Mocking I'll go, and he shall be postillion, Until we reach the Keeper of the Door: "H'm ... Benson ... Stella ... militant civilian ... There's some mistake, we've had this soul before...."

* * * * * *

Ah, none shall keep my soul from this its Zion; Lost in the spaces I shall hear and bless The splendid voice of London, like a lion Calling its lover in the wilderness.



Oh woman—woman—woman,— Shall I to woman be a friend? I deal with man, and when I can Reclaim with interest all I lend. Who but a witless gambler plays For farthing stakes these golden days? No, woman—woman—woman— Must only play the game that pays.


Oh woman—woman—woman,— To-morrow woman shall awake. She shall arise, and realise The goodly value of her stake. And she shall lend her loan, and claim Her rightful interest on the same. So woman—woman—woman— Shall learn at last the paying game.


My eyes are girt with outer mists; My ears sing shrill, and this I bless; My finger-nails do bite my fists In ecstasy of loneliness. This I intend, and this I want, That—passing—you may only mark A dumb soul with its confidant Entombed together in the dark.

The hoarse church-bells of London ring; The hoarser horns of London croak; The poor brown lives of London cling About the poor brown streets like smoke; The deep air stands above my roof Like water, to the floating stars. My Friend and I—we sit aloof,— We sit and smile, and bind our scars.

For you may wound and you may kill— It's such a little thing to die— Your cruel God may work his will, We do not care, my Friend and I. Though, at the gate of Paradise, Peter the Saint withhold his keys, My Friend and I—we have no eyes For Heav'n or Hell—or dreams like these....


There is a sword, a fatal blade, Unthwarted, subtle as the air, And I could meet it unafraid If I might only meet it fair. Yet how I wonder why the Smith Who wrought that steel of subtle grain Should also be contented with So blunt and mean a thing as pain.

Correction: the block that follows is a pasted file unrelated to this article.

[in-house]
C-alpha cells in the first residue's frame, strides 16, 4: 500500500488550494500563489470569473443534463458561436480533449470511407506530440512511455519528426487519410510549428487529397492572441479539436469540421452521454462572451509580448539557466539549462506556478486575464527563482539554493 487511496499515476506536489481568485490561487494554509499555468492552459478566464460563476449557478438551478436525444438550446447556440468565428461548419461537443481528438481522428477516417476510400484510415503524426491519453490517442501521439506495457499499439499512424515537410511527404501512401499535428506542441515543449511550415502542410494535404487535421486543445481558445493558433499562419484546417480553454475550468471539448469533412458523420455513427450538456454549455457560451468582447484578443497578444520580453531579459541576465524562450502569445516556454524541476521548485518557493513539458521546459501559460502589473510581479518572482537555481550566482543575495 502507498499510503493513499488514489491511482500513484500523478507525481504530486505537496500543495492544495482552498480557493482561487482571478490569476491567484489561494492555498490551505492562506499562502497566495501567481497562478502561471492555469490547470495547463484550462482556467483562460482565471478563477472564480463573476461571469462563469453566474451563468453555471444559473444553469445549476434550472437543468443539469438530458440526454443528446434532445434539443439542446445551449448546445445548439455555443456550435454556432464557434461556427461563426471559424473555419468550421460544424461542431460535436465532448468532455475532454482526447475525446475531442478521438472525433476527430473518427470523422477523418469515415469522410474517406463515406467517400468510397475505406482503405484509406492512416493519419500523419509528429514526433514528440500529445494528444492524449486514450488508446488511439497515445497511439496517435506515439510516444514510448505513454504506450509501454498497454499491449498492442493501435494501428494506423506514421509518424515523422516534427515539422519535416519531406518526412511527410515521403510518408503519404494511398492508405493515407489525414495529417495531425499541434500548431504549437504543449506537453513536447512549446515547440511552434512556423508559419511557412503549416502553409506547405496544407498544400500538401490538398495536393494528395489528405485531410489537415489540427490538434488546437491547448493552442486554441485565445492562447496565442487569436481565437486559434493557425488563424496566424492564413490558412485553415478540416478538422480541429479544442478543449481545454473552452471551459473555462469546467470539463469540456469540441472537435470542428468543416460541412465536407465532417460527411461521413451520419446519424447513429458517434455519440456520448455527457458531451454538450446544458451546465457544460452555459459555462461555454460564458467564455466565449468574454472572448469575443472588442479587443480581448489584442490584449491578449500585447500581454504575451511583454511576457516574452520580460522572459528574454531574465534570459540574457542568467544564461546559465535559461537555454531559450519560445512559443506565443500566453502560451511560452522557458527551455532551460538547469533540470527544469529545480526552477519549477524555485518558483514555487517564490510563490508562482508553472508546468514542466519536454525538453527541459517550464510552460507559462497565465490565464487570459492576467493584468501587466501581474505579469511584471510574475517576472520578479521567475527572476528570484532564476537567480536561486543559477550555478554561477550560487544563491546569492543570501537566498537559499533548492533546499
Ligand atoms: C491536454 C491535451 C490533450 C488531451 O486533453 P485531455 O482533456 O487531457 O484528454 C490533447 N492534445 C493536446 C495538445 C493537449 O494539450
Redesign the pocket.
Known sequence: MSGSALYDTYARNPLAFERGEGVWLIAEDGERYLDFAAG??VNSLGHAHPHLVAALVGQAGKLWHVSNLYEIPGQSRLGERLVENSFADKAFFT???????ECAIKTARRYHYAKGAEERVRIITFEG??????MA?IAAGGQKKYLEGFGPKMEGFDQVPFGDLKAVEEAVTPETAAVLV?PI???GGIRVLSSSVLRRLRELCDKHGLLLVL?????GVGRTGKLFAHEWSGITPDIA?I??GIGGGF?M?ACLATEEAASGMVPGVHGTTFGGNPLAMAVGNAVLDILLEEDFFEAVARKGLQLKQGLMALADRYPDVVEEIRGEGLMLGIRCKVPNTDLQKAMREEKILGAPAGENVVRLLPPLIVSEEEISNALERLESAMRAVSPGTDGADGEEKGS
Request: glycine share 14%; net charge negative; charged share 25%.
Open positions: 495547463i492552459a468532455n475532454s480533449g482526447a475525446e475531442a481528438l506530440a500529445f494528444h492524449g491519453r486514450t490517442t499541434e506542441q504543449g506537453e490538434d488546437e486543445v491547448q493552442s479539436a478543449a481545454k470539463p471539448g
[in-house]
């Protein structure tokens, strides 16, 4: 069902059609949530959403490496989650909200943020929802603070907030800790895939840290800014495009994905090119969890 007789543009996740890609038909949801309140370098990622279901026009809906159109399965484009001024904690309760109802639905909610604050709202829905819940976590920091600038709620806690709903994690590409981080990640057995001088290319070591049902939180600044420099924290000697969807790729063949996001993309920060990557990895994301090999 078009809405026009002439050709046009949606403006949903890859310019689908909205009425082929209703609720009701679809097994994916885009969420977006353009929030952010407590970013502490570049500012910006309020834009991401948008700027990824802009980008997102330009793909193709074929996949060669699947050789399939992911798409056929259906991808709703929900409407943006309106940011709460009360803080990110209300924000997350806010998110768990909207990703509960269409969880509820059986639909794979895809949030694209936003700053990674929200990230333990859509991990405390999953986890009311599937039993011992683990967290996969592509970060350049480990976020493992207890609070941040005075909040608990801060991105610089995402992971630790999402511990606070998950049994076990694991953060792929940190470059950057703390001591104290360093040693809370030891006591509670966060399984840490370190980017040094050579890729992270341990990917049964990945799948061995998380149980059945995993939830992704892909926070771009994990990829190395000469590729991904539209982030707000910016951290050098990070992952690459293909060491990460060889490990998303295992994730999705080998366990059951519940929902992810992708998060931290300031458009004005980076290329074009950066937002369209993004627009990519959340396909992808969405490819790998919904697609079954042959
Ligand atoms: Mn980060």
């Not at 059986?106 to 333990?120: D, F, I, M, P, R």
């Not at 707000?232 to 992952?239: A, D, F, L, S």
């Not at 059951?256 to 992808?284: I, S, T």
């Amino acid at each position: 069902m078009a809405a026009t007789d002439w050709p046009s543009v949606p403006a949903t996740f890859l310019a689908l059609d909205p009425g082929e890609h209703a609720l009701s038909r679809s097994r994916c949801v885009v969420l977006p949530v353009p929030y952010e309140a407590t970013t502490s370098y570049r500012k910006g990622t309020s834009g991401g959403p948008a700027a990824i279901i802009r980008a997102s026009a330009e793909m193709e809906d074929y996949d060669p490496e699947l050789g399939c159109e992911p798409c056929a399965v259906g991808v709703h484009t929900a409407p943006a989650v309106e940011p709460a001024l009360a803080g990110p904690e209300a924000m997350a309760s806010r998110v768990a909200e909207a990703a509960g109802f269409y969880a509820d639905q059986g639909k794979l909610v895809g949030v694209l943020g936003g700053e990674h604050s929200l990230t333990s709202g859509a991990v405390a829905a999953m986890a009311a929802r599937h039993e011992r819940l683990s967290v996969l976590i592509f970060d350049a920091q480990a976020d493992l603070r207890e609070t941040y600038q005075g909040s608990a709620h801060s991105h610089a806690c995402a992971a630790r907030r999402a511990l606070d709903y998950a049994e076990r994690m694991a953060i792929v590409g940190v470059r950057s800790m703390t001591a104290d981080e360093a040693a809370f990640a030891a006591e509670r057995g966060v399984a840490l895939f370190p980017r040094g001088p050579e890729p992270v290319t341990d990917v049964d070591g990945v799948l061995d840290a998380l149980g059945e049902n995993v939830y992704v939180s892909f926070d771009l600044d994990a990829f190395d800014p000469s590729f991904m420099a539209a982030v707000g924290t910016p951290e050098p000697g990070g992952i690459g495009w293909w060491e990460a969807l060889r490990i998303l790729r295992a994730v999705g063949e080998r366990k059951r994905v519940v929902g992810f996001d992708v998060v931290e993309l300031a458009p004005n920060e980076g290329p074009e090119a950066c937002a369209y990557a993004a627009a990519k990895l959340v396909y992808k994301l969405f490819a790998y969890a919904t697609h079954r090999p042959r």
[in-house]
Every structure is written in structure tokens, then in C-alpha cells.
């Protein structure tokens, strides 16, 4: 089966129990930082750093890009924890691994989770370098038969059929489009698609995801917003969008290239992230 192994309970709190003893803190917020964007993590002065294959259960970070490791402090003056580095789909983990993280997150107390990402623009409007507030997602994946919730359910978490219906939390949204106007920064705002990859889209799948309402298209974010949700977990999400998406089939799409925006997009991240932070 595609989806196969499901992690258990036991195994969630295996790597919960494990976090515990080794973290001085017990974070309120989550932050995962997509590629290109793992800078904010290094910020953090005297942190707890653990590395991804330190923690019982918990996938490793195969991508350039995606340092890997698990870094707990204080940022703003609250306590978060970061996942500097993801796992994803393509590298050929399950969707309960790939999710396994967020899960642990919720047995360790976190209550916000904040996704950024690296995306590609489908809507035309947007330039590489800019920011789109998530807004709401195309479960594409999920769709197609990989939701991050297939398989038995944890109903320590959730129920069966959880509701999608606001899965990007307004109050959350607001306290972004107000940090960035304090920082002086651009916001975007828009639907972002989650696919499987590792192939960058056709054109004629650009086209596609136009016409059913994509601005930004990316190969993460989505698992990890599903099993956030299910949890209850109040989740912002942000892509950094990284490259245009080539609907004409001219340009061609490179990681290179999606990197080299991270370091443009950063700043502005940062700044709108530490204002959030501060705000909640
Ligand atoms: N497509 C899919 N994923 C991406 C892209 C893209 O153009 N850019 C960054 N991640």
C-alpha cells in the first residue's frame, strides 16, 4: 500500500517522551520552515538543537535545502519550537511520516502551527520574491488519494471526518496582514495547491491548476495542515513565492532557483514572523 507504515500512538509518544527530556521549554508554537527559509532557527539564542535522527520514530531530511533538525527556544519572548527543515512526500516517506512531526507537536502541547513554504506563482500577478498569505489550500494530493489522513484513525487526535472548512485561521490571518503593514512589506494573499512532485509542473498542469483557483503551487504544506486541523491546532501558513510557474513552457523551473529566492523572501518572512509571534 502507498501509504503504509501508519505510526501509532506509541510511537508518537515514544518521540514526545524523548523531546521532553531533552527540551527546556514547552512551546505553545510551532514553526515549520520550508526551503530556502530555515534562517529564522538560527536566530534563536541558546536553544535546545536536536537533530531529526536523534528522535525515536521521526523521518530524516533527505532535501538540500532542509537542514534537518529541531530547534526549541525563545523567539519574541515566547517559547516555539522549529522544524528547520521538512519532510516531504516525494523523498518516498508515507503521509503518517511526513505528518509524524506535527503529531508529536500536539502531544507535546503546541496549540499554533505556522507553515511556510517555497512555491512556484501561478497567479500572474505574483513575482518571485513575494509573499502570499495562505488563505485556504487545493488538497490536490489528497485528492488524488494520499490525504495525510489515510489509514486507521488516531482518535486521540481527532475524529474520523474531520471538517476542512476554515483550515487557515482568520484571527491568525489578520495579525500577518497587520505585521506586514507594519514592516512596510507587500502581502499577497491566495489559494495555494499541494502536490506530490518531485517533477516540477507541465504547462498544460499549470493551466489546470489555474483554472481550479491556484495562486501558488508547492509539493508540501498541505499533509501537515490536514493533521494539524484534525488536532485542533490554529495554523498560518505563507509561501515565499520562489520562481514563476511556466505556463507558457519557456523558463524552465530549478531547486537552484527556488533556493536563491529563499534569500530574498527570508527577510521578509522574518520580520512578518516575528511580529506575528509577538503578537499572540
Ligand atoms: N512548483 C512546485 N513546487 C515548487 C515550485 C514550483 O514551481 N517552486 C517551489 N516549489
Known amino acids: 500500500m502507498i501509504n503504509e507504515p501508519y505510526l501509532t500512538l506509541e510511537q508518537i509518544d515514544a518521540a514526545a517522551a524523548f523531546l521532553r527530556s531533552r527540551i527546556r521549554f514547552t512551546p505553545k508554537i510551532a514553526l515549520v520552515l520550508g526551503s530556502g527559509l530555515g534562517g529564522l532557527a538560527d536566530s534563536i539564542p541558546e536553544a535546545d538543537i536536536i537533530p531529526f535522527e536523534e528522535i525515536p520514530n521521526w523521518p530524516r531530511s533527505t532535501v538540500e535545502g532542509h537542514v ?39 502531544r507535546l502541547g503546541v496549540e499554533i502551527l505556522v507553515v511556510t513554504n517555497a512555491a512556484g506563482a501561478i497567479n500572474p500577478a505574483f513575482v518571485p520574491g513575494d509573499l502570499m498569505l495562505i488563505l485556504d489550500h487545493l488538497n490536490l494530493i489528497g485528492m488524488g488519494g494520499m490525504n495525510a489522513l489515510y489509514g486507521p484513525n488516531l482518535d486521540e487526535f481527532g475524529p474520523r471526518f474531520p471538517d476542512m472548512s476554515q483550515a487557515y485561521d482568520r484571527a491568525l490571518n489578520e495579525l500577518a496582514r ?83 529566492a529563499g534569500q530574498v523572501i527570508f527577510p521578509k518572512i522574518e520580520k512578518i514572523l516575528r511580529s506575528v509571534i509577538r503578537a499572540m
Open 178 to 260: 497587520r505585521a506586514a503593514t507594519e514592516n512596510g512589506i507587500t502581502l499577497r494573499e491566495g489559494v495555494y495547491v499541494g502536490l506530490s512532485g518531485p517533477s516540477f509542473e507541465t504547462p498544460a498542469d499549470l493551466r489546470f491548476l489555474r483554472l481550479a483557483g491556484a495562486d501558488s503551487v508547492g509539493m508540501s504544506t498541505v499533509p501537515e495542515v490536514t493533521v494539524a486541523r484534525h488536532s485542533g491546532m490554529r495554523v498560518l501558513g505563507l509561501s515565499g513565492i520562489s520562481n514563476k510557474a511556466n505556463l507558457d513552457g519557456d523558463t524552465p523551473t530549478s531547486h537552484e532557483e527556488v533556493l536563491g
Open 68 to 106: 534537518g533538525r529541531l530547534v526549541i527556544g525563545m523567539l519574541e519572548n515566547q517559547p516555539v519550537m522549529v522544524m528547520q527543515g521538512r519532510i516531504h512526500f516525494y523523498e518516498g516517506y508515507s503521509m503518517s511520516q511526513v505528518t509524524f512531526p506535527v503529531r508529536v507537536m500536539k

The stars and fire-flies dance in rings. The fire-flies set my heart alight, Like fingers, writing magic things In flame, upon the wall of night. There is high meaning in the skies— (The stars and fire-flies—high and low—) And all the spangled world is wise With knowledge that I almost know.

To-morrow I will don my cloak Of opal-grey, and I will stand Where the palm-shadows stride like smoke Across the dazzle of the sand. To-morrow I will throw this blind Blind whiteness from my soul away, And pluck this blackness from my mind, And only leave the medium—grey.

To-morrow I will cry for gains Upon the blue and brazen sky. The precious venom in my veins To-morrow will be parched and dry. To-morrow it shall be my goal To throw myself away from me, To lose the outline of my soul Against the greyness of the sea.


Oh little friend of half my days, My little friend, who followed me Along those crooked sullen ways That only you had eyes to see.

You felt the same. You understood You too, defensive and morose, Encloaked your secret puppyhood— Your secret heart—and hid them close.

For I alone have seen you serve, Disciple of those early springs, With ears awry and tail a-curve You lost yourself in puppy things.

And you saw me. You bore in mind The clean and sunny things I felt When, throwing hate along the wind, I flashed the lantern at my belt.

The moment passed, and we returned To barren words and old cold truth, Yet in our hearts our lanterns burned, We two had seen each other's youth.

When filthy pain did wrap me round Your upright ears I always saw, And on my outflung hand I found The blessing of your horny paw;

And yet—oh impotence of men— My paw, more soft but not more wise, Old friend, was lacking to you when You looked your crisis in the eyes....

You shared my youth, oh faithful friend, You let me share your puppyhood; So, if I failed you in the end, My friend, my friend, you understood.


About your brow a starry wreath, About your feet a wilderness, Where young hot hopes grow cold beneath The tangled bondage of the press. Set like a saint within a niche— A strait and narrow niche—you hide, And weave a veil about you, which Can turn our steel, Saint Bride, Saint Bride.

The eyes of coarse and pond'rous man Are sceptic and satirical. "What, little saint, and still you scan Old heaven for that miracle?" Oh heart deceived, yet harmed not, Child-widow of a truth that died, Bearer in mind of things forgot, Bride of a dream, Saint Bride, Saint Bride.